covenHere is what I loved about this show: it dealt with powerful women dealing with relevant situations that real women deal with everyday…except they’re witches. Rape, racism, power, aging, competition, beauty, men, sexuality, the women on this show all deal with these issues in some capacity. Sure they fight each other, but aside from the juvenile little fight between Zoe and Madison over Kyle, the number one fight between the women is about power.

However, when men try to take that power from them they ban together and make everyone bow down. There was a lot of negative things said about how three of the main actresses (Jessica Lange, Angela Bassett, and Kathy Bates) in the end go from being powerful women to spending an eternity being controlled by men.

However, I think I see the point Ryan Murphy was trying to make: these three characters were shitty people who did shitty things and probably deserved to go to hell, and for powerful women hell IS having their lives dictated by men forever and ever. I mean, I get it.

3. The Golden Girls

thegoldengirls

The Golden Girls are the original bad bitches of television. These ladies dealt with aging, sexuality, beauty, health issues, death, family, friendship, men, while maintaining honest feelings and honest friendships with each other. They didn’t always get along, and they sure as hell weren’t always the best people, they dealt with addictions and betrayals and sex scandals, etc, but they always stuck together and stayed golden. This was my favorite show as a kid, which now that I think about it is really weird. What 7-year-old can’t watch to watch a show about four old ladies?!

2. Mad Men

madmen

Don’t be fooled by the title of show, because this show also has some pretty complex, messed up, but badass female characters, too! First, there is Peggy. She’s hard working and incredibly intelligent, but she also gets knocked up by the engaged Pete who works at the advertising company she works for.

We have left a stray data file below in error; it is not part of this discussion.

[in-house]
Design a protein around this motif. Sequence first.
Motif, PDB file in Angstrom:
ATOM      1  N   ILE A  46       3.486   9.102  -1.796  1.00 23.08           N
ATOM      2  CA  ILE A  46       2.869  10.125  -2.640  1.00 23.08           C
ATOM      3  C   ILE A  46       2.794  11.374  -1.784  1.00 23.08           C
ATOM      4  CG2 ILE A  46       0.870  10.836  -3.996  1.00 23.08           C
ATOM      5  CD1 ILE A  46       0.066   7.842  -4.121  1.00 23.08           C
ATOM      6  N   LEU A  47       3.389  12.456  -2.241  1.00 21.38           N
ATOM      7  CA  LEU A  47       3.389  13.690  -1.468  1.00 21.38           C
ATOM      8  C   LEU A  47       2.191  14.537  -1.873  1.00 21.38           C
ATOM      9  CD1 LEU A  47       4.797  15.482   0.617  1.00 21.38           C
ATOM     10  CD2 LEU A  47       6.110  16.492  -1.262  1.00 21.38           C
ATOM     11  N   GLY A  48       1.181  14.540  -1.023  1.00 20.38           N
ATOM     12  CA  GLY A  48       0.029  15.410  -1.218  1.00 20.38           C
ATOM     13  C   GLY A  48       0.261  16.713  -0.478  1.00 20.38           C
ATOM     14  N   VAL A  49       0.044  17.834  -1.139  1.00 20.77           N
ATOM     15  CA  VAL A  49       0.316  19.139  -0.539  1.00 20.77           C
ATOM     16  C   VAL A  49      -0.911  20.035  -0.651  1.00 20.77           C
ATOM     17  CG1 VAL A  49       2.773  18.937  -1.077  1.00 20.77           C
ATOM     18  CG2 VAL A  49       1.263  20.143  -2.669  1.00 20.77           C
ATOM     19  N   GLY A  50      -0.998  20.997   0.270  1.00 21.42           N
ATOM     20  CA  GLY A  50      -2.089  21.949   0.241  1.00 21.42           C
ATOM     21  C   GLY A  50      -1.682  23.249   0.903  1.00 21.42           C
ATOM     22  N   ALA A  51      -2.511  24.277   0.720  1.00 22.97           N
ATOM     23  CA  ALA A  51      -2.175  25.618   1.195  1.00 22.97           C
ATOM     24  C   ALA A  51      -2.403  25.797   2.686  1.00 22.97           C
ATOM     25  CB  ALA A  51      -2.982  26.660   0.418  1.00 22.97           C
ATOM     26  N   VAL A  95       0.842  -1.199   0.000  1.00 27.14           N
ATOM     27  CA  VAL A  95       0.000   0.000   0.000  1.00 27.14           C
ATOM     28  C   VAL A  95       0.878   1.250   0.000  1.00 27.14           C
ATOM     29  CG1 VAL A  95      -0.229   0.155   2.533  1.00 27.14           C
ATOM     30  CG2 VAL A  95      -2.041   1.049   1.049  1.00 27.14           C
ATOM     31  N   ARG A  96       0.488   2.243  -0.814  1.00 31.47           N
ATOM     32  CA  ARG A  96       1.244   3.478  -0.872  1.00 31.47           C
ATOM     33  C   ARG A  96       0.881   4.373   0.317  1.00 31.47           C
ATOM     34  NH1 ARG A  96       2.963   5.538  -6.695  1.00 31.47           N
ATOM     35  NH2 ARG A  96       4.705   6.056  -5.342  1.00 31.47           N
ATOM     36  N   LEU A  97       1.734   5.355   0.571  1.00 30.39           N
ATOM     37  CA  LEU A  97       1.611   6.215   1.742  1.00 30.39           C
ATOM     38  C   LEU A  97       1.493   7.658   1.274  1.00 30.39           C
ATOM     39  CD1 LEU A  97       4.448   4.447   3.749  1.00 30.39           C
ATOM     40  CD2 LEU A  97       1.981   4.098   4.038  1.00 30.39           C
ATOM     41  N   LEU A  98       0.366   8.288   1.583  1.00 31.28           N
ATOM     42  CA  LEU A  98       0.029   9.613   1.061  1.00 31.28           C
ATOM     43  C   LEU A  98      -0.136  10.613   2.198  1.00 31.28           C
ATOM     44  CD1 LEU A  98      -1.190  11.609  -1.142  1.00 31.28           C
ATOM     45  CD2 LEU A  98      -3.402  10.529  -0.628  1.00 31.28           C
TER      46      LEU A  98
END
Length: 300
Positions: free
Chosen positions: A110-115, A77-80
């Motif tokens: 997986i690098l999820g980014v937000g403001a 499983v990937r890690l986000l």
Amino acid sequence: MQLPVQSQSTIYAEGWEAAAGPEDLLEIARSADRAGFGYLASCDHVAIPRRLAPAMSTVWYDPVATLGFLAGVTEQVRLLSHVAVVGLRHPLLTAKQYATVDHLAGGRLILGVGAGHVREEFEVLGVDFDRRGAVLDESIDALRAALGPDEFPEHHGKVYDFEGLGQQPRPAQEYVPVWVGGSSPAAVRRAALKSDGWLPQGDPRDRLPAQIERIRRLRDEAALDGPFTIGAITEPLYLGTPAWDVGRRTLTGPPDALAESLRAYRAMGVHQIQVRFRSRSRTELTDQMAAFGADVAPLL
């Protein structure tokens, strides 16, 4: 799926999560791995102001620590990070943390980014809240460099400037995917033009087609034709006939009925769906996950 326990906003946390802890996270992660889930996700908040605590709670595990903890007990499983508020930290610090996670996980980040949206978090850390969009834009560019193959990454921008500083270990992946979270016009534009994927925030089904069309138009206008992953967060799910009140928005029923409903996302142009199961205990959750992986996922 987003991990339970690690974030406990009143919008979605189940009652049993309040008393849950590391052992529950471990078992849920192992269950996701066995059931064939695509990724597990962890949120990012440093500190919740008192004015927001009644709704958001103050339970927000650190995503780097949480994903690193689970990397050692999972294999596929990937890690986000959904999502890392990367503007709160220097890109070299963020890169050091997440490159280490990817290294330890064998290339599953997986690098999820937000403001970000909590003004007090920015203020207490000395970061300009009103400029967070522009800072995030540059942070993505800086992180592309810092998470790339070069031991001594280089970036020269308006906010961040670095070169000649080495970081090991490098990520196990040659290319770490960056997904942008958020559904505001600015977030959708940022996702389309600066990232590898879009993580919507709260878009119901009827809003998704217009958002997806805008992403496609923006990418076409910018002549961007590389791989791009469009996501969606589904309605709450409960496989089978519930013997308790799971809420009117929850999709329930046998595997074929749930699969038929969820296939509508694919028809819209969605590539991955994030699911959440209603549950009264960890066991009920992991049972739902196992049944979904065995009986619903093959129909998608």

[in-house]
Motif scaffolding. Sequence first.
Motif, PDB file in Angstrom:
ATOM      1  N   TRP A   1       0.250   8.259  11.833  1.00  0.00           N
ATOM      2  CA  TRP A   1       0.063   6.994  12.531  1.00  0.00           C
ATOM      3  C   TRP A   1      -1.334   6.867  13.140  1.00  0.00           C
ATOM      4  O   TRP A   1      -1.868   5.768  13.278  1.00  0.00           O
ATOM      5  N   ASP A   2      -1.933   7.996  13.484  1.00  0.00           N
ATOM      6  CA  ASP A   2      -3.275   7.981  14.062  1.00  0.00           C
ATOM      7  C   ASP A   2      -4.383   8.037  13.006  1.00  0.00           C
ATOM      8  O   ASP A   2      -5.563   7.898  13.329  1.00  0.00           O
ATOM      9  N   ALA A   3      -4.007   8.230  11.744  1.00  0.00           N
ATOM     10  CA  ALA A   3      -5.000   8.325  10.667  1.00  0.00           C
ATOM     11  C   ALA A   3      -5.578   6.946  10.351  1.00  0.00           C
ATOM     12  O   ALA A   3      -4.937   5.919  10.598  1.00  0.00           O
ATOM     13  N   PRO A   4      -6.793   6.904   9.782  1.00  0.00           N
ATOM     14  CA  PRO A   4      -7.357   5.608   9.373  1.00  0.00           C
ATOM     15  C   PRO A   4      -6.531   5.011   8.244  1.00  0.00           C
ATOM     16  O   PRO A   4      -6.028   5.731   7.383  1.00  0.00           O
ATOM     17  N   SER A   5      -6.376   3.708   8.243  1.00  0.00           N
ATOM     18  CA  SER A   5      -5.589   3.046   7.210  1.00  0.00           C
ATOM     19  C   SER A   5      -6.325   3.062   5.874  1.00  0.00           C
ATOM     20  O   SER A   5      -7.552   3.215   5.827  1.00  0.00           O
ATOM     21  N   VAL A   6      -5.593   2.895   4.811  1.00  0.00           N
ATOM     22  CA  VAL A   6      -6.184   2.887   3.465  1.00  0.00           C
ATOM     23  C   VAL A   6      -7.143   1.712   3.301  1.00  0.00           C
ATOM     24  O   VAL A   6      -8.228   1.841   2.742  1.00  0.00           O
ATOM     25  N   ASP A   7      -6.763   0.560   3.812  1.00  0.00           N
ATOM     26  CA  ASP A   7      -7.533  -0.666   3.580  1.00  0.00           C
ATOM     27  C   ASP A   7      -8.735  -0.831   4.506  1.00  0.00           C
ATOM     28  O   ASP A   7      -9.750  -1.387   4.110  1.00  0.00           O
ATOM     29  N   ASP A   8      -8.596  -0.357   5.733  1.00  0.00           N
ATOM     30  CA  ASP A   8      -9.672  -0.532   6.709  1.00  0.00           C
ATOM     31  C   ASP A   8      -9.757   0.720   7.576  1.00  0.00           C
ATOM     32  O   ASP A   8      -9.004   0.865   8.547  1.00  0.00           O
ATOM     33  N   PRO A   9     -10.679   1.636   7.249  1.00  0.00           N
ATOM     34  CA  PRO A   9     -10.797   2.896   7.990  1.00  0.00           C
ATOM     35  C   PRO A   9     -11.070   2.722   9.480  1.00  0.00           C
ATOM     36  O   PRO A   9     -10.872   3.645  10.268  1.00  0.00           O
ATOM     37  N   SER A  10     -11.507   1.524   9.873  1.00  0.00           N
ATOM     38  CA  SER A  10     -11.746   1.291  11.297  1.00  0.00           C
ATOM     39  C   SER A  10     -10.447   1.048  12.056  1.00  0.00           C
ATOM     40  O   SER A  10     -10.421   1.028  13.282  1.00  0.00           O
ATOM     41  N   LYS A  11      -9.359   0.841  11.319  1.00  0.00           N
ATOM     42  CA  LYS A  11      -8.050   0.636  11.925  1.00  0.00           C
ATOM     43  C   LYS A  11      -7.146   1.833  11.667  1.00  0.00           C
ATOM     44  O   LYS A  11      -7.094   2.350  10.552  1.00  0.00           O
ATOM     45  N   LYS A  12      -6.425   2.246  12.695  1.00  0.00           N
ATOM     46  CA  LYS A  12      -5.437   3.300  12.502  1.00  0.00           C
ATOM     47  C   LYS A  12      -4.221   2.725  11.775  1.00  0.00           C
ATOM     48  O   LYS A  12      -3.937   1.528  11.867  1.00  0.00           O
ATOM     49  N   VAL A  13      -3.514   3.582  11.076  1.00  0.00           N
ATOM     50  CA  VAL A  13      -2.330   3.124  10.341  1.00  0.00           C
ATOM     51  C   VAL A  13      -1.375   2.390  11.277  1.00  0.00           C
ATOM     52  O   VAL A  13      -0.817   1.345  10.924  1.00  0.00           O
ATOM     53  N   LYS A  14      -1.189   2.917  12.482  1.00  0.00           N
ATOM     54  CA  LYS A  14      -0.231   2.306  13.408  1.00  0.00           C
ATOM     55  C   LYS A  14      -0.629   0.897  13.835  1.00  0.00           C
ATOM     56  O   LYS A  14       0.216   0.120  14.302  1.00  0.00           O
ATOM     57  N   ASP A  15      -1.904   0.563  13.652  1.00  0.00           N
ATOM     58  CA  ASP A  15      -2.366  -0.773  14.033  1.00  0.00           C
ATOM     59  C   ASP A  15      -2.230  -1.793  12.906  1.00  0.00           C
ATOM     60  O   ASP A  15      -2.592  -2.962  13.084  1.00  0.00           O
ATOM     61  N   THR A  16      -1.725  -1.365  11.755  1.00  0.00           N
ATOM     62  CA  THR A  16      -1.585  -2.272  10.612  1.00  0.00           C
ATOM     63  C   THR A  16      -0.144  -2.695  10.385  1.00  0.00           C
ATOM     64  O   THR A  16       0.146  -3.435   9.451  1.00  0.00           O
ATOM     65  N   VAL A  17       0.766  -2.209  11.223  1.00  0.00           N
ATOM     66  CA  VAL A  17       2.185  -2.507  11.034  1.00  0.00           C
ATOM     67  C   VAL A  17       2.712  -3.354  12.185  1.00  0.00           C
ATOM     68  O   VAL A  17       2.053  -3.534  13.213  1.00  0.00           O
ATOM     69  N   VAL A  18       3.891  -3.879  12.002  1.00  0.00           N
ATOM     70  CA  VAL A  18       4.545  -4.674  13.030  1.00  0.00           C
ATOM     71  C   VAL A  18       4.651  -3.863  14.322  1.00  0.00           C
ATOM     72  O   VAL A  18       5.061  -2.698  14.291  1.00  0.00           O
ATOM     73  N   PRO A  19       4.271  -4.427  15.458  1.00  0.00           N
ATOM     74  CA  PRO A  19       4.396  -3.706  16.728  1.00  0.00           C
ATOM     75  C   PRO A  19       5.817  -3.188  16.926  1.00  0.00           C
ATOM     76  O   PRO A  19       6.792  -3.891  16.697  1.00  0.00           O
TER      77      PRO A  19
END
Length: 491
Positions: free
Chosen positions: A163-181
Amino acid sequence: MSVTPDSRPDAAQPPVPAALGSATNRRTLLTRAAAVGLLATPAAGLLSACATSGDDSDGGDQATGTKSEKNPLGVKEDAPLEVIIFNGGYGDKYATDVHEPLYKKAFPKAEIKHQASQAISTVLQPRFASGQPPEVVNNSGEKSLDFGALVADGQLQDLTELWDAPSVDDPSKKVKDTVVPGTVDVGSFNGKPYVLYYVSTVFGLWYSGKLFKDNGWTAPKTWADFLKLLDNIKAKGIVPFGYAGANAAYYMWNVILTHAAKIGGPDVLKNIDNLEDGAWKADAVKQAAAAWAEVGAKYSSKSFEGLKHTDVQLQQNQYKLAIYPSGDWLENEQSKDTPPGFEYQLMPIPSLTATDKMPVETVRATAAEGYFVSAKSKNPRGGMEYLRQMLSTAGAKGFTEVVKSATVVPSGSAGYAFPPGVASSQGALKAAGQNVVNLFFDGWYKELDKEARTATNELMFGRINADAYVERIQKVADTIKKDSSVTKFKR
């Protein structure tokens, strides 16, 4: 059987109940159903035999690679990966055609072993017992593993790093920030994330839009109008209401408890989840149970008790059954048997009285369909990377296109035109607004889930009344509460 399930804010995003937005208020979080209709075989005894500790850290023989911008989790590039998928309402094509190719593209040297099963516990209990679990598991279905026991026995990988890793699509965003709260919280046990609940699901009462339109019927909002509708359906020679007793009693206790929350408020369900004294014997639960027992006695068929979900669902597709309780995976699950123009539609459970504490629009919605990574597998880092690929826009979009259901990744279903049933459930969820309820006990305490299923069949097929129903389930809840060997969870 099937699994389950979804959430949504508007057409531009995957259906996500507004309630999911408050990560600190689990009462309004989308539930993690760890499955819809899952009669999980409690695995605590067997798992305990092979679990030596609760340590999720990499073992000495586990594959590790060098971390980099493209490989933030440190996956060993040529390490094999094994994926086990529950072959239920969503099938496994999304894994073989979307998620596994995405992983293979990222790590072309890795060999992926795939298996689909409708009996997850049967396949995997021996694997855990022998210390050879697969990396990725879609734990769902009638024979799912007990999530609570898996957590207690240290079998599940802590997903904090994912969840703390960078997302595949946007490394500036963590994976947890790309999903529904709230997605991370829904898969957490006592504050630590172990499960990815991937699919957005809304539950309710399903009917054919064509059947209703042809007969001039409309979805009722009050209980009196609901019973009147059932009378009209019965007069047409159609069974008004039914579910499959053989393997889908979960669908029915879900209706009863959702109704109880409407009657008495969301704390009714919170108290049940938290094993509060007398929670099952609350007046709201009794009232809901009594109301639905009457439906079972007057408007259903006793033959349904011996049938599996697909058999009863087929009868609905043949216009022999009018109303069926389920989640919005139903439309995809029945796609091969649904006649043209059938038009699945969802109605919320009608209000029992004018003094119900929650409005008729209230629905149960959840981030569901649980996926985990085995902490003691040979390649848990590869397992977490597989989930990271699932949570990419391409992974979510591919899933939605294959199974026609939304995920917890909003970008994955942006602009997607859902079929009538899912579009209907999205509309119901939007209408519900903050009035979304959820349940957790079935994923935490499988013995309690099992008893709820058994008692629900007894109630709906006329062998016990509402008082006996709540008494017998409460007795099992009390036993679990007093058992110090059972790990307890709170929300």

Like I said, these ladies don’t always make smart sexual decisions, but Peggy is still a badass who realizes that in the 1960’s she has to downplay her femininity to get ahead. In one episode, Peggy asks her new colleague Dawn, “Do you think I act like a man?” In this rare moment of vulnerability, we become aware of what she’s had to sacrifice — not only her personal life, but her sense of herself as a woman — for professional success.

A feeling all too many women have experienced. Then there is Joan. As the office manager for Sterling Cooper, Joan spent a lot of time in the proximity of power and used it to her advantage. Sure, she slept her way to partner, but still has the savvy and know-how to command respect in the boardroom.

1. Buffy the Vampire Slayer

buffy

I feel like this shouldn’t be a surprise to anyone. Buffy the Vampire Slayer had some of the baddest, realest bitches television has ever seen. Plus, I consider it to be the greatest television series of all time. First, there is Buffy herself. Buffy is not perfect.

She’s kind of a control freak, she’s a bit selfish, she alienates herself a lot, she has a few mental breakdowns, bangs vampires a lot (even though she’s the slayer), and sometimes all her power is overwhelming, but at the end of the day she always fights her ass off and protects the world. Then, there is Willow, who probably has the biggest character evolution of all the characters on the show. Willow starts off as a nerdy sidekick, but becomes the most powerful person on the show.

She becomes a powerful witch who almost ends the world when her pain and power become too much for her, but she deals with her problem and learns to control her power. Other female characters like Faith, Cordeilia, Dawn, and Anya, are far from one dimensional side characters. They all have issues and insecurities, but prove to be brave, powerful, and badass. Bow down bitches, because Buffy has the baddest bitches on the block.